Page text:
Stunning book. It’s basically an Orthodox/Byzantine breviary for those who want to pray more than morning and evening prayers. I often follow along at Great Vespers in church and used it to follow along during Holy Week services and the accuracy and similarity of translations was astounding. Perfect for clergy and laity alike, this is a beautiful book, affordable and it might be the best prayerbook out there, period.
This prayer book was recommended to me and I couldn't be happier with it. It's absolutely beautifully made, and the print is perfect size. Quick shipping and very well packaged also. I think everyone should own this book and I hope to buy more as gifts. Thank you very much.
Would highly recommend this Anthologian for those who wish to pray the Daily Office in the Byzantine tradition
The Ahthologion here from St. Ignatius Press is a wonderful addition to any Orthodox Christian's prayer library. Perhaps not for those newly converted to orthodoxy, but for those of us who have been Orthodox for several years, and in my opinion, for any Orthodox layperson wanting to pray any of the daily services: Matins, the Hours, Vespers, etc; this highly professionally printed and exceptionally well-put-together volume allows us to pray as much or as little of all of the Canonical Hours from the Horologion as we are able, by providing all of the "common" of those services; i.e. the unchanging portions, as well as a large portion from the Octoechos, and a small selection from both the Lenten Triodion and the Pentecostarion. Additionally, included are the contents of the General Menaion for Major Feasts as well as a basic "parish typicon" to enable us to add the "propers"; i.e. the changeable portions of the services into the offices. The parish typicon is a very basic order for combining the propers and commons and thanks to how well this volume is put together, is extremely easy to use. Excellent job and well worth the $45 not only due to the contents, but also the quality of the book, the binding, etc. Thank you so much, and have a blessed upcoming Great Lent!!!
The Best Orthodox Prayer Book Ever.
Today for the first time I prayed every daily service and it was… exhausting but beautiful! And I will continue to do so! A wonderful book and the only prayer book I will be using from now on.
Recently, I received a copy of the Anthologion published by Saint Ignatius Orthodox Press. This monumental volume aims to function like the Breviary or Liturgy of the Hours does for Western Christians. It's the first time the essentials of the Church's daily cycle of prayers have been offered in a single book, conveniently arranged as reader services for use by the laity. It's not an exaggeration to say that this book represents an historical milestone in the development of Orthodox Christianity in the English speaking world. An that's why I really wanted to fall in love with this ambitious book of prayers. Unfortunately, I didn't. If you worship in an Orthodox jurisdiction that uses traditional liturgical English, you'll find the Anthologion's contemporary translation jarring. Contemporary translations can, of course, be lyrical and beautiful, but this one is sadly pedestrian and clunky. It reads more like a text translated for academic study than for common prayer. In other words, it's technically accurate but practically problematic. Thus, even if you are accustomed to worshiping in contemporary English, the Anthologion's translation choices may still seem odd to you. For example, "Theotokos" is always rendered as "Mother of God," and the Trisagion Hymn is always rendered as "Holy God, Holy Strong, Holy Immortal." This often awkward departure from common usage across jurisdictions creates an unnecessary and unwelcome divide between the language used at home and at Church. Moreover, the Anthologion unfortunately does not seem to account for chanting, and its meter and rhythm do not facilitate the easy use of traditional Greek or Russian melodies. There is also the matter of typos, omissions, grammatical errors, and obvious mistranslations, of which there may be two or three substantial ones per page in my reckoning. For example, I just flipped it open to pages 128-129 (Compline), and the creed omits "the" from "Father Almighty" and "who" from "for our sake and our salvation," and also features an accidental repetition in "who together with the Father and the Son is worshipped and together glorified." On page 131, the Prayer to the Mother of God petitions, "And using your Mother's boldness, implore your Son," which undoubtedly should read "motherly boldness" unless the intent is for the Theotokos to invoke the prayers of her own mother, St. Anne (it's not; no other translation renders the prayer this way). Saint Ignatius Orthodox Press, it should be noted, is carefully collecting errata and has promised to correct them in future printings. However, their list of errata thus far is woefully incomplete (upon checking, it doesn't include the example errata I found while writing this review), and you may want to wait to purchase the Anthologion until its wrinkles are thoroughly ironed out, perhaps in the third or fourth printing. Fortunately, we're still early in the lifespan of this text, and there's a lot of time (and room) for improvement. Many books that get off to a rough start later make a picturesque landing - and it must be emphasized that the Anthologion has a tremendous amount of unrealized potential. In conclusion, if you're going to buy the Anthologion by Saint Ignatius Orthodox Press right now, then buy it for the instructions on putting services together, not for its translation. The Anthologion's clear and concise directions for readers is where the volume really shines. Orthodox Christians who like to worship in contemporary English may be able to substitute their own jurisdiction's prayers in appropriate places to make the Anthologion serviceable for them, but other faithful who are used to traditional liturgical English would be better served by Holy Transfiguration Monastery's very affordable Prayer Book, Pocket Book of Hours, and Pocket Psalter. Indeed, these three books together cost $46 and constitute a more complete cycle of services than presently offered by Saint Ignatius Orthodox Press's Anthologion. The Prayer Book and Pocket Book of Hours by themselves offer a comparable alternative to the Anthologion at only $32 and have a mature, polished text that handily works with traditional Greek melodies. My rating for the Anthologion? 3 out of 5 stars.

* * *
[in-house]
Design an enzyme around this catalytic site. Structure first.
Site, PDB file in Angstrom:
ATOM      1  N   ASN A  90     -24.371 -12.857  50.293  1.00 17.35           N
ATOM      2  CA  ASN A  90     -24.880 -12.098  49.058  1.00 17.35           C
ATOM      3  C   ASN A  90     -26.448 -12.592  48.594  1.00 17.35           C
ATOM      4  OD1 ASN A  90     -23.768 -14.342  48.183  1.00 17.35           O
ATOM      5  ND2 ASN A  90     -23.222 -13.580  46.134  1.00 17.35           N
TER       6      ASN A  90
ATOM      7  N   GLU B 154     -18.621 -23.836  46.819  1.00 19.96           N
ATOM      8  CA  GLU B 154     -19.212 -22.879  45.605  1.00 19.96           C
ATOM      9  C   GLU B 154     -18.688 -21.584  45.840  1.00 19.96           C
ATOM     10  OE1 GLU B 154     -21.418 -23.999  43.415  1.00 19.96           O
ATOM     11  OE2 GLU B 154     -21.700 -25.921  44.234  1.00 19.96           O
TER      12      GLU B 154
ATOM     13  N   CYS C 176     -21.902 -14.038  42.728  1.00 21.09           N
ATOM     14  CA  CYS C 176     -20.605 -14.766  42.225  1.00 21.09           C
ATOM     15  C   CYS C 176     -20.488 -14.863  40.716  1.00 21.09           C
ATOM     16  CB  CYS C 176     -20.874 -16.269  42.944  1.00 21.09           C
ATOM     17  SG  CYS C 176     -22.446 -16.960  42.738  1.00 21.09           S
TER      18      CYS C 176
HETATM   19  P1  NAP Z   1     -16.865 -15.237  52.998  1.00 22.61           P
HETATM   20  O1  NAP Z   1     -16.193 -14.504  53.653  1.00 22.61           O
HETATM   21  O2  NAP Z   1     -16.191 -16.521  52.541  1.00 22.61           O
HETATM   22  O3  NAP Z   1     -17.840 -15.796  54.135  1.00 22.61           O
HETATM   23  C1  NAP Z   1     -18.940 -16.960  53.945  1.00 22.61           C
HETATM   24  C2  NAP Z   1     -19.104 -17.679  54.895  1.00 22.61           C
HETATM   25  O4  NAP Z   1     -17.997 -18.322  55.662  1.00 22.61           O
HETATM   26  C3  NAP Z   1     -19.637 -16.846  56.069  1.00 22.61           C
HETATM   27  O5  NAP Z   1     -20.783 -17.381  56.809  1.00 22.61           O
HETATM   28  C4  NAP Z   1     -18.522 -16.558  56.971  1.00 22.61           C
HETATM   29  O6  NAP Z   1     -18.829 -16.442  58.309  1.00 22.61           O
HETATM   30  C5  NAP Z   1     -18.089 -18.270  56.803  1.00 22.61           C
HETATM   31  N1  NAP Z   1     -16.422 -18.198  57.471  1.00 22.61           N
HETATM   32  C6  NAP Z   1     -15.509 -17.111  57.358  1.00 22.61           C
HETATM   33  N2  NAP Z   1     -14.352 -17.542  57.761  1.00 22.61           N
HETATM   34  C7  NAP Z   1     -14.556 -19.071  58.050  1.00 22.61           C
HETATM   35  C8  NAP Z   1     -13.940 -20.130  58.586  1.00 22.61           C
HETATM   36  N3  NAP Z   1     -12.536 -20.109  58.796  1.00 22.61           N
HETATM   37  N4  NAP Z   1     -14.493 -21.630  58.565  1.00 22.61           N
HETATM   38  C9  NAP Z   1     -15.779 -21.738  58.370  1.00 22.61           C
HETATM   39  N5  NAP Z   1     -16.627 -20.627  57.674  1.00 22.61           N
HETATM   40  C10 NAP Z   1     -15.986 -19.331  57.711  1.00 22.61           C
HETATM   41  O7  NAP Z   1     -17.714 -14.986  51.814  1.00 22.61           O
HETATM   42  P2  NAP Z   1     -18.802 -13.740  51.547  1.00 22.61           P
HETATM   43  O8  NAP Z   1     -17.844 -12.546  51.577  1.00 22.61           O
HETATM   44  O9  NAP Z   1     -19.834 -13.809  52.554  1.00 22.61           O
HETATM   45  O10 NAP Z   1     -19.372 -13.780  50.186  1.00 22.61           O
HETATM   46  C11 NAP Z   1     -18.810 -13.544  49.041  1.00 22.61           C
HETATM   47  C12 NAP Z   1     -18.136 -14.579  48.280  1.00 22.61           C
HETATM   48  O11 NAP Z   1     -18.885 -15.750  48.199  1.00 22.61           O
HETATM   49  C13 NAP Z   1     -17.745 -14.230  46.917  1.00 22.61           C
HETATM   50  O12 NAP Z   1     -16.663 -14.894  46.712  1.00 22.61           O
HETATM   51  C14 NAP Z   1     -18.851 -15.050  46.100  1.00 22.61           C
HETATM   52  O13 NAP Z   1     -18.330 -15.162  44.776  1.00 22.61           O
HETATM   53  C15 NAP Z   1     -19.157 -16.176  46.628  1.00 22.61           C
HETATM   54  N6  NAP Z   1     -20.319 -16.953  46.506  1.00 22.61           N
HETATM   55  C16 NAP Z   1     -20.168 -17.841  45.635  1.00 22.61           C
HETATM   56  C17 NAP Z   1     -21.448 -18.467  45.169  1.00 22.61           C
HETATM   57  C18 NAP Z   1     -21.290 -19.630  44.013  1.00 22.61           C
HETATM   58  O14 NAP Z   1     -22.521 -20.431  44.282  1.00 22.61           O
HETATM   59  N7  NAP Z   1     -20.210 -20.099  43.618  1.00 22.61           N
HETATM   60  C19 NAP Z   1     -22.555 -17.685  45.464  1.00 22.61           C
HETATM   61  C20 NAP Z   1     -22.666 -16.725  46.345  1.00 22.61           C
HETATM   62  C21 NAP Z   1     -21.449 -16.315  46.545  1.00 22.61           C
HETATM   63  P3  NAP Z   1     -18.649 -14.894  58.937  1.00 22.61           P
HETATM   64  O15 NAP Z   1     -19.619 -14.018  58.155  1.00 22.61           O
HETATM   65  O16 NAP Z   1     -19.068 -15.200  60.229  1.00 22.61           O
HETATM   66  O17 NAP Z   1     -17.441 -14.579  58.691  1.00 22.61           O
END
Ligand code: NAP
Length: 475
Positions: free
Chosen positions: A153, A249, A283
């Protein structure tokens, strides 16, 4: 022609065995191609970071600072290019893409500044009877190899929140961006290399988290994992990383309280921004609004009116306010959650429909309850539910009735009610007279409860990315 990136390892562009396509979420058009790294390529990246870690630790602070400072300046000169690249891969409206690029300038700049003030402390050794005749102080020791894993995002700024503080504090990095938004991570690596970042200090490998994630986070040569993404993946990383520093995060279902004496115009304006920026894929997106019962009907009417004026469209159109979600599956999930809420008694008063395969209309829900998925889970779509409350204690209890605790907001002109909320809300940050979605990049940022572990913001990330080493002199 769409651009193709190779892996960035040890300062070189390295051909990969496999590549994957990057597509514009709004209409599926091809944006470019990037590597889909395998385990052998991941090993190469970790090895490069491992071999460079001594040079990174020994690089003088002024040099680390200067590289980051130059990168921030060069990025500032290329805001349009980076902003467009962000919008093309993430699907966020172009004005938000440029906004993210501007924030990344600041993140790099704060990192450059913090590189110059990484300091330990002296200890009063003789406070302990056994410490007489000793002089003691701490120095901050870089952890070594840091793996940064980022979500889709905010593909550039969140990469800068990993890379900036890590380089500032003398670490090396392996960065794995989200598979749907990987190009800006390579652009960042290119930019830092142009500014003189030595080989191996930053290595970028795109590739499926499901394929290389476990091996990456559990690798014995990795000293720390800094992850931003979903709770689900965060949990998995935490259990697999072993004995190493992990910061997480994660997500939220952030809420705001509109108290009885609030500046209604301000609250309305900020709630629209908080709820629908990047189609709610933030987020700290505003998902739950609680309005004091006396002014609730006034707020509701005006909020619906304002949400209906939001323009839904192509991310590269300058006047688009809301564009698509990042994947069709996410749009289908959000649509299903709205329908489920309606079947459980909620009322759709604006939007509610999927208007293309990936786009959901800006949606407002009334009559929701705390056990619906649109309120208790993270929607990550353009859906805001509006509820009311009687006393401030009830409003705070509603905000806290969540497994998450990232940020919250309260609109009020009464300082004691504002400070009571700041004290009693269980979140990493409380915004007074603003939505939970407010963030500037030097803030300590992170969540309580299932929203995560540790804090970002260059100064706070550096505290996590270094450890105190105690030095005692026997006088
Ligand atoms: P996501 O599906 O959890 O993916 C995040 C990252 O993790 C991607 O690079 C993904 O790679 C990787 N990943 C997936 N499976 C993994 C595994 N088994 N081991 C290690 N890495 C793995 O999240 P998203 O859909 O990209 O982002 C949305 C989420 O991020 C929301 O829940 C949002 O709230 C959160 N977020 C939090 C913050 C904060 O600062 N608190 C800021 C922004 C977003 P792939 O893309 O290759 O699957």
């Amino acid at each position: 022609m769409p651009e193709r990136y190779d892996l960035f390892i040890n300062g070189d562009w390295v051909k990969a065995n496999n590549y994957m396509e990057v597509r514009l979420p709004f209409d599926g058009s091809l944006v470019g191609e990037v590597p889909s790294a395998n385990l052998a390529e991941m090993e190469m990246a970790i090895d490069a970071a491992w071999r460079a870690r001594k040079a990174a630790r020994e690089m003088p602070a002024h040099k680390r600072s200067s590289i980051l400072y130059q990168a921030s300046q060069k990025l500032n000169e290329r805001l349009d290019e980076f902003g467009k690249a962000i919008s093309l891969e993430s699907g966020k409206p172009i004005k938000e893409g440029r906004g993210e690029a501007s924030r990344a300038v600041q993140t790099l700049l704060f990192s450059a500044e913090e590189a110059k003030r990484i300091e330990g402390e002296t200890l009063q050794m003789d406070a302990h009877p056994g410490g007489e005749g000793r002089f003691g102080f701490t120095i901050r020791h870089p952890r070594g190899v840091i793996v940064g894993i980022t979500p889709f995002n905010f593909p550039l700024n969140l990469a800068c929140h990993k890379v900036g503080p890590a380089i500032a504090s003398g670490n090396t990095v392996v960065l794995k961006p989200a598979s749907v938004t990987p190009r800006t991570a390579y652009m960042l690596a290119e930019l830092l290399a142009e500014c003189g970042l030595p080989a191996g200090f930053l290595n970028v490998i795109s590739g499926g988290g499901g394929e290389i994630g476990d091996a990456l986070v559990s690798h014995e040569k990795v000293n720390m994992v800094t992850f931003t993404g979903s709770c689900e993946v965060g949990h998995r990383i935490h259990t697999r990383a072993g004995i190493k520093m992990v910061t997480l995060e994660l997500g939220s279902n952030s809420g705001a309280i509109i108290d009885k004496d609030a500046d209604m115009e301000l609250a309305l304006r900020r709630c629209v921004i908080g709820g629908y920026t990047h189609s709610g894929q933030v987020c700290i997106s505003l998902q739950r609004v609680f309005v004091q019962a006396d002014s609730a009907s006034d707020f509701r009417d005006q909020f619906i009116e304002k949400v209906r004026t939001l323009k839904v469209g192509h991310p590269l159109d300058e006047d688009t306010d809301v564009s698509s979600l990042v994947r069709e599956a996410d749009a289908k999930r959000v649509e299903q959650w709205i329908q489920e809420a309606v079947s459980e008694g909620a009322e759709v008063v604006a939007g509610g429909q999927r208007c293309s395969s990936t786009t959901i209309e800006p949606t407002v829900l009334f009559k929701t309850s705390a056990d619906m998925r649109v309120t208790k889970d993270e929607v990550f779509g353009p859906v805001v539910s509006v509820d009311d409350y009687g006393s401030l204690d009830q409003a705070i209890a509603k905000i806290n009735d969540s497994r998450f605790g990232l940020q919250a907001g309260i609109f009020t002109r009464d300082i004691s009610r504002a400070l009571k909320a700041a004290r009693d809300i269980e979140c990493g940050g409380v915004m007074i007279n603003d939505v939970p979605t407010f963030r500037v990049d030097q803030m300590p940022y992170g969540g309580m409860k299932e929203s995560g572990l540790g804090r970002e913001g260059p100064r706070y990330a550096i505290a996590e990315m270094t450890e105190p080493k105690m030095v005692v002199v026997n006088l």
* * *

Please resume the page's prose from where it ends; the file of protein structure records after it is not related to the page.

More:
“The man who lives in the world prays little, whereas the monk prays constantly. Thanks to monks, prayer continues unceasing on earth, and the whole world profits, for through prayer the world continues to exist; but when prayer fails, the world will perish…..When there are no men of prayer on the earth, the world will come to an end and great calamities will befall: they have started already.” (St. Silouan the Athonite) St. Silouan was referring to monks whose calling is to pray for the entire world but now we, the laity, can share this calling with the use of the Anthologion. This prayer book allows us to unite our prayers with monks whose prayers are offered unceasingly at every hour of every day throughout the world. This prayer book is also unique because the publishers provide a series of You Tube videos to instruct us in its use. Whether the circumstances of daily life limit our time for prayer or whether we have abundant time to devote to daily prayer, this book meets our needs and allows us to join with the universal Church in the traditional prayers, not only for ourselves, but for the world. The Anthologion, designed for the Orthodox layperson, has become my constant companion throughout the day and I recommend it to those who want to expand their daily rule of prayer in concert with all Orthodox of the world!